Photographs of the damaged motor vehicle and the assessment report were produced in court – these didn’t appear to be contested and the trial magistrate took these into consideration as an important factors, as shown in the last paragraph of her judgment. It is not even disputed that the motor vehicle was repaired (which would naturally attract costs) nor is it suggested that the repairs were done without any charges.
From the submissions it would seem that the court is not being asked to deny the respondent the repair costs, but to re-assess the same. The question is, what will the court use as a basis for that re-assessment? The photos and assessment report from AA need support to demonstrate that the respondent actually incurred those expenses. I take into consideration that estimates do not necessarily mean that the sum shown is what was spent. It could be higher or lower, depending on where the repairs were done, and where purchase of the parts were made. Even if the motor vehicle was sold along with the receipts, the court is not told of any difficulty in (a) getting the receipts or invoices from the subsequent purchaser or (b) getting copies of receipts or even a letter from the repairer, confirming that so much money was spent on repairs.
Special damages must be proved because he who alleges, has the burden of proof. This proof is not satisfied by waving an estimated expenditure –nay – it is satisfied by tendering the actual receipts issued in consequence of the expenditure. I sympathise with the respondent, but legally he did not prove those special damages. The sum awarded is set aside as having no legal basis. What is proved by way of receipt is the sum of Kshs.30,000/= paid for breakdown services as per Exhibit 5 and I so award.
The trial magistrate was also faulted for awarding the sum of Kshs.387,900/= as lost income on the basis that such a loss was not proved. The respondent pleaded lost income for three months, saying the motor vehicle was used in transport business, and at the time, was engaged in delivering potatoes to Sagana. For those services he was earning an average sum of Kshs.120,000/= after deducting expenses for the vehicle. The record shows the plaintiff produced receipts issued to customers in the past as well as invoices. The appellants’ contention is that these documents intended to prove loss of user were not produced and that the record only shows production of Exhibit 8. What was Exhibit 8? From the list of exhibits it was a ledger book.
Counsel argues that since the assessment report estimated that repairs would only take 18 days then there was no basis for claim loss of user for 3 months, and such claim simply portrays extravagance on the part of the respondent. He urged court to reduce this loss to 14 days.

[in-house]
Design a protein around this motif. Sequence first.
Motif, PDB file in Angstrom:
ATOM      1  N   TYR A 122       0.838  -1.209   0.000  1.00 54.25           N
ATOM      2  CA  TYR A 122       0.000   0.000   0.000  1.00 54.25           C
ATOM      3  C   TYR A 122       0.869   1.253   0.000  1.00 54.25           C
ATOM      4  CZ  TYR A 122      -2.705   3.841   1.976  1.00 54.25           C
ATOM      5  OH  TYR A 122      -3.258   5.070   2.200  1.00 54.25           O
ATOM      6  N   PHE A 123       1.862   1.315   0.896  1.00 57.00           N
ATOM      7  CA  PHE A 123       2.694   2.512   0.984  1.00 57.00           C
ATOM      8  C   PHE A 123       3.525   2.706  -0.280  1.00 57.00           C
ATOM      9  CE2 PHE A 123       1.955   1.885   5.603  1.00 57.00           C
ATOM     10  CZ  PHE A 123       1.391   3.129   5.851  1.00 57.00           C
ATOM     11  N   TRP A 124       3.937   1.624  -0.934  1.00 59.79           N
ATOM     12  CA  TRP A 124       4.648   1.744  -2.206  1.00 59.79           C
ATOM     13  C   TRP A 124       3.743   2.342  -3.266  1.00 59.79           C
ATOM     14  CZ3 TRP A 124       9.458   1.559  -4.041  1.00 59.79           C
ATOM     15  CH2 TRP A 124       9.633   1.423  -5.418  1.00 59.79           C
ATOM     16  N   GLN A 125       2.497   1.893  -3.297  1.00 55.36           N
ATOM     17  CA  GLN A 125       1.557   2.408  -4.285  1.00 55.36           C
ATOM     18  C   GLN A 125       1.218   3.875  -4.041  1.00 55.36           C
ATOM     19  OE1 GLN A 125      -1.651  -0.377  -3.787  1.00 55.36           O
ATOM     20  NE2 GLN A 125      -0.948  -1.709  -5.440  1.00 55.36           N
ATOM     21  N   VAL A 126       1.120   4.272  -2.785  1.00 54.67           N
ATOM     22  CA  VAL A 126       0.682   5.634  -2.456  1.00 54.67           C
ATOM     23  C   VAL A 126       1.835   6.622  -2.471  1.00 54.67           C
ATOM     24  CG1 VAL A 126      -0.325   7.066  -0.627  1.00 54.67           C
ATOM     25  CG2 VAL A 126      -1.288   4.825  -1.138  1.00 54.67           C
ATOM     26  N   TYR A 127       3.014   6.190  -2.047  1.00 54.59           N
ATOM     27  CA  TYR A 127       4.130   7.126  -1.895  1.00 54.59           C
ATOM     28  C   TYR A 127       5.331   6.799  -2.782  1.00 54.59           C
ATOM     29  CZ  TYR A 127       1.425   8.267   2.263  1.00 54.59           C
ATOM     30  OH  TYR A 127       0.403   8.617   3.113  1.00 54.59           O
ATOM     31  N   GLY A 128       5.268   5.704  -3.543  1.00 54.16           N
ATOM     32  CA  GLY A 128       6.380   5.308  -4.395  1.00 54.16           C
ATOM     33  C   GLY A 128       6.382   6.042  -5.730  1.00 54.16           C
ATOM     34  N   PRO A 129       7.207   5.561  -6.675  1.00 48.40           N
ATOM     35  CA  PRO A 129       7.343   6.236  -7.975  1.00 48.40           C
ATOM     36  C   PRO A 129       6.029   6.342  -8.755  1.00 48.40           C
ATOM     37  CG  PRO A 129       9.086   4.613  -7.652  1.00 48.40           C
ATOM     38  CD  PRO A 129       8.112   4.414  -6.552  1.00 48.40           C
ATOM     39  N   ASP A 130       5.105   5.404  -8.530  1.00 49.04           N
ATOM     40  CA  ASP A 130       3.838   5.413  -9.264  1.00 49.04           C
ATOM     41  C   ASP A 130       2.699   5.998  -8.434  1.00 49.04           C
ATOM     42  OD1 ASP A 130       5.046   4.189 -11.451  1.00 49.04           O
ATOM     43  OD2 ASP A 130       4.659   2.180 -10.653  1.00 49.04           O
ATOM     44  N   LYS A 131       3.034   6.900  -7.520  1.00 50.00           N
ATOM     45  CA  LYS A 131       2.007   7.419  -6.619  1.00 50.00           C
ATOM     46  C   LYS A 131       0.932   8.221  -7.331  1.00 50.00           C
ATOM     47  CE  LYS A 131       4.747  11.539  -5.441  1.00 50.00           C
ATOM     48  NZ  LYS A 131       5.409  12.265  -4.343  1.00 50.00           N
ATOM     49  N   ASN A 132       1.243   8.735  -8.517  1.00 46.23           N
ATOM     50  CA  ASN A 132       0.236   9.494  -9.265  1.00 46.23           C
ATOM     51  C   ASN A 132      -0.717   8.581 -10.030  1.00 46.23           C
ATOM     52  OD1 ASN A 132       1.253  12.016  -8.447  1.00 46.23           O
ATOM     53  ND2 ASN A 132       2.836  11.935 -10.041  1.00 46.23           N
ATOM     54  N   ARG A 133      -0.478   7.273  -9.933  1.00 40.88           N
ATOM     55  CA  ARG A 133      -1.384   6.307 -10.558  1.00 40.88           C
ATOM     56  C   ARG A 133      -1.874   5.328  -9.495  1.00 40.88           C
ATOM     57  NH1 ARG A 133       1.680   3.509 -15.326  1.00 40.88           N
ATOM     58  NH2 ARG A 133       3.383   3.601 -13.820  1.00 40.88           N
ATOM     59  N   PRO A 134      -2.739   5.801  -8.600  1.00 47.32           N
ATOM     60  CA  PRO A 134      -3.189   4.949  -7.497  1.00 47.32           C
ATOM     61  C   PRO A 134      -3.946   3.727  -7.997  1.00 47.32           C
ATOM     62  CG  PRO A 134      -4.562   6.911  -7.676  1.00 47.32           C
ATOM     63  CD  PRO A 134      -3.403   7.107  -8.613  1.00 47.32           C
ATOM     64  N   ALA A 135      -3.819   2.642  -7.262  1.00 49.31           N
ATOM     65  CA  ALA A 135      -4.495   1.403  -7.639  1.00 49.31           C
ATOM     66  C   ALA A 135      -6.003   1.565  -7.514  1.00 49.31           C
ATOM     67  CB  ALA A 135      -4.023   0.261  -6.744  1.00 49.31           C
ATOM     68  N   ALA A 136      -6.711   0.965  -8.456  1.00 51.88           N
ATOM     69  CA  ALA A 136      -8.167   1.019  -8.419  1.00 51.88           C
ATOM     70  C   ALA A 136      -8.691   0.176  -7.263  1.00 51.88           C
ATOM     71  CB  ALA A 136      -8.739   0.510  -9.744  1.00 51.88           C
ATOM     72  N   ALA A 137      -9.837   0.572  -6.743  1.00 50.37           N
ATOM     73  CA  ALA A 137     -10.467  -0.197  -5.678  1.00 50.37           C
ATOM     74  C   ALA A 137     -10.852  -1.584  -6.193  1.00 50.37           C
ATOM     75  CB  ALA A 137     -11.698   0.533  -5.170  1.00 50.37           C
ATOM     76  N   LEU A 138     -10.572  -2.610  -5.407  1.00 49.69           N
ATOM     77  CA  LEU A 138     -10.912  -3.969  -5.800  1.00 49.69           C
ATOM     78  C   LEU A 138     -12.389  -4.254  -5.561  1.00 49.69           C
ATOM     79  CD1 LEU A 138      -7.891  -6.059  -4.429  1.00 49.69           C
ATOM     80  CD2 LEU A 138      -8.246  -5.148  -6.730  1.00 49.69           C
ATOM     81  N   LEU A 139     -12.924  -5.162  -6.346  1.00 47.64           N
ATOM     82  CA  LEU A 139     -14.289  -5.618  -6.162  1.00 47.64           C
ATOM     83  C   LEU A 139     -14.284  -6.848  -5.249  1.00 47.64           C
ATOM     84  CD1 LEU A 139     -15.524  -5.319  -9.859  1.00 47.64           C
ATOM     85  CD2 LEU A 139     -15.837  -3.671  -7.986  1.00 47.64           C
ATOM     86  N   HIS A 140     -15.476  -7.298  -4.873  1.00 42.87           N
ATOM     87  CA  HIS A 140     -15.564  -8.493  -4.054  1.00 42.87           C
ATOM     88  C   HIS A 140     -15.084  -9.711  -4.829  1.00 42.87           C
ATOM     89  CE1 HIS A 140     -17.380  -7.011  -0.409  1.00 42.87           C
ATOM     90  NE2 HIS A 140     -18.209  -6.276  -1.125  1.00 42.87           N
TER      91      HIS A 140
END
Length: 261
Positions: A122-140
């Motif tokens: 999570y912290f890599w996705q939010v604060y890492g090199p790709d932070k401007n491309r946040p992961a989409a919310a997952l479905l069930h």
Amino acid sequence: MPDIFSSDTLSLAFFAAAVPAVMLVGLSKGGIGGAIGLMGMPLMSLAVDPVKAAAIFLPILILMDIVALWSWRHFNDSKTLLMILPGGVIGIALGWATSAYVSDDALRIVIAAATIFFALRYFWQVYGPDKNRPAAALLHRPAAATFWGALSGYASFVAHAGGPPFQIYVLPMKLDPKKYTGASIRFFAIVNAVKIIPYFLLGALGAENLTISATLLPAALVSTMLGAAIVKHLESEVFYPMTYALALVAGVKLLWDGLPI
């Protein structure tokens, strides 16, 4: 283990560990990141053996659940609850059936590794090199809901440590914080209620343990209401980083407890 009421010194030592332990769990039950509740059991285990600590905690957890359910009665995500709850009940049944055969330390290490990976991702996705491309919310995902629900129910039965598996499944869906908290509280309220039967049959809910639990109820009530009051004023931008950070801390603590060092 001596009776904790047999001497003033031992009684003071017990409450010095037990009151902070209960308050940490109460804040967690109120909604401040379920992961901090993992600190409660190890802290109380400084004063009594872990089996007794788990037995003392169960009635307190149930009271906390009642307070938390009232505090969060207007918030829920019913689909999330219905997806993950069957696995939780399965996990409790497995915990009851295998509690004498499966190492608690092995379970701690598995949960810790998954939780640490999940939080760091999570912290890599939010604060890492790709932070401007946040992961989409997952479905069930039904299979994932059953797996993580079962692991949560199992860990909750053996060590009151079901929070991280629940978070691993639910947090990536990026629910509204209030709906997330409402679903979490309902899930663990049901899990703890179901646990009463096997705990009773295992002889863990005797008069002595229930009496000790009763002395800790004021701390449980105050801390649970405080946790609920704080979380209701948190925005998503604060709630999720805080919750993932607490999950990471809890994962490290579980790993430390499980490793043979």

The respondent’s counsel urges this court to consider that the respondent produced an invoice record for the period covering 8th April 2008 – 13th October 2008 and a
copy of receipt books covering 2nd August 2008 to 9th October 2008.
The sum awarded was on the basis that the applicant lost income for a period of three months. Whereas it is unlikely that given the kind of damage the motor vehicle suffered, it may not have been repaired within 7 days, what evidence is there that the repairs overshot the estimated 18 days given by Automobile Association, or that the respondent did not try to mitigate the period by ensuring prompt repairs? None was presented to the trial court.
The receipts and invoices served as a guide to the trial court regarding the earnings from the motor vehicle engagements. I don’t think a financial statement is the only means of proving daily income, although it certainly is a tidier approach. The receipts and invoices are just as useful and from the court record, they were indeed presented in court but their exhibit number not given. I would think this was an error or omission by the trial magistrate because later on in the proceedings, she makes reference to Exhibit 8, after Exhibit 5 which is the record of expenses between 7/6/2008 – 6/10/2008, and in her judgment, the trial magistrate referred to the
invoices and receipt books as “exhibit page (sic) 6 and page (sic) 7” respect only. These documents are also referred to in the lower court’s filed list of exhibits.
In my view what needs to be considered is how much the motor vehicle was realising per day. This cannot be very difficult as the sum of Kshs.120,000/= is the divided with 30 days for the month of October so it is 120,000/30 = 4000 per day.
The 18 days estimated period of repairs is in my view not unreasonable and I accept it, so that works out to 4000 x 18 = 72,000/=.
That is the figure I award for loss of user i.e. Kshs.72,000/=. The sum awarded is this set aside and substituted with the sum of Kshs.72,000/= (seventy two thousands only).
The global sum awarded is Kshs.102,000/= (one hundred and two thousands only)
Each party shall bear its own costs.
Delivered and dated this 16th day of May, 2014 at Nakuru.